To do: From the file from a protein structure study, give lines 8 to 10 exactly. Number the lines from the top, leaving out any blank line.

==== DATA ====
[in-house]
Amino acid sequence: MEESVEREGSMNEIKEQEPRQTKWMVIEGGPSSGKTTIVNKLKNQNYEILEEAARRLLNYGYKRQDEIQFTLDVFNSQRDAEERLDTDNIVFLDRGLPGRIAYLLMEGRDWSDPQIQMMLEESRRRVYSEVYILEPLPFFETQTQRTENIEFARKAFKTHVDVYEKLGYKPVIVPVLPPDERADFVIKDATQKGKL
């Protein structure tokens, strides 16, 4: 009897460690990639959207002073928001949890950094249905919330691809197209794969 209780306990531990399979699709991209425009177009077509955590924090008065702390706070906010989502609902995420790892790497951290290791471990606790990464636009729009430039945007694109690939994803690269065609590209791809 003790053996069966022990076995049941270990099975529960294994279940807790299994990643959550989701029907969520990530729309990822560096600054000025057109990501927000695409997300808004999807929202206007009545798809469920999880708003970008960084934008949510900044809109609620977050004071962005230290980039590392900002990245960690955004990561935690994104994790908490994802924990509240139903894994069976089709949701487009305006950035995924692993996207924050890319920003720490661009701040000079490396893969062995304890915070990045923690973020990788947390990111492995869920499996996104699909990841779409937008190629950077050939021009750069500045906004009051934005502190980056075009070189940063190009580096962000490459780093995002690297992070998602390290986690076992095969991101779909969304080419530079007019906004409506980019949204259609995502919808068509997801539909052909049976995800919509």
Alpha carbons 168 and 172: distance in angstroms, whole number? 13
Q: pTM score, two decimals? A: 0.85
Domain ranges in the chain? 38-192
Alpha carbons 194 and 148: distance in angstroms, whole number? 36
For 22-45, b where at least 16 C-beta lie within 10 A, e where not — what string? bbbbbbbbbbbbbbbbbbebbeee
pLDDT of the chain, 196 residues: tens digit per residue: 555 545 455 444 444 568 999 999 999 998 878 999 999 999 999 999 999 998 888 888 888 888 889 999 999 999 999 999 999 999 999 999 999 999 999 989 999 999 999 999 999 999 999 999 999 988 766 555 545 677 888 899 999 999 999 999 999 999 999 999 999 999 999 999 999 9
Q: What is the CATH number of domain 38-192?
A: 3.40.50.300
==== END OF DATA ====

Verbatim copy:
For 22-45, b where at least 16 C-beta lie within 10 A, e where not — what string? bbbbbbbbbbbbbbbbbbebbeee
pLDDT of the chain, 196 residues: tens digit per residue: 555 545 455 444 444 568 999 999 999 998 878 999 999 999 999 999 999 998 888 888 888 888 889 999 999 999 999 999 999 999 999 999 999 999 999 989 999 999 999 999 999 999 999 999 999 988 766 555 545 677 888 899 999 999 999 999 999 999 999 999 999 999 999 999 999 9
Q: What is the CATH number of domain 38-192?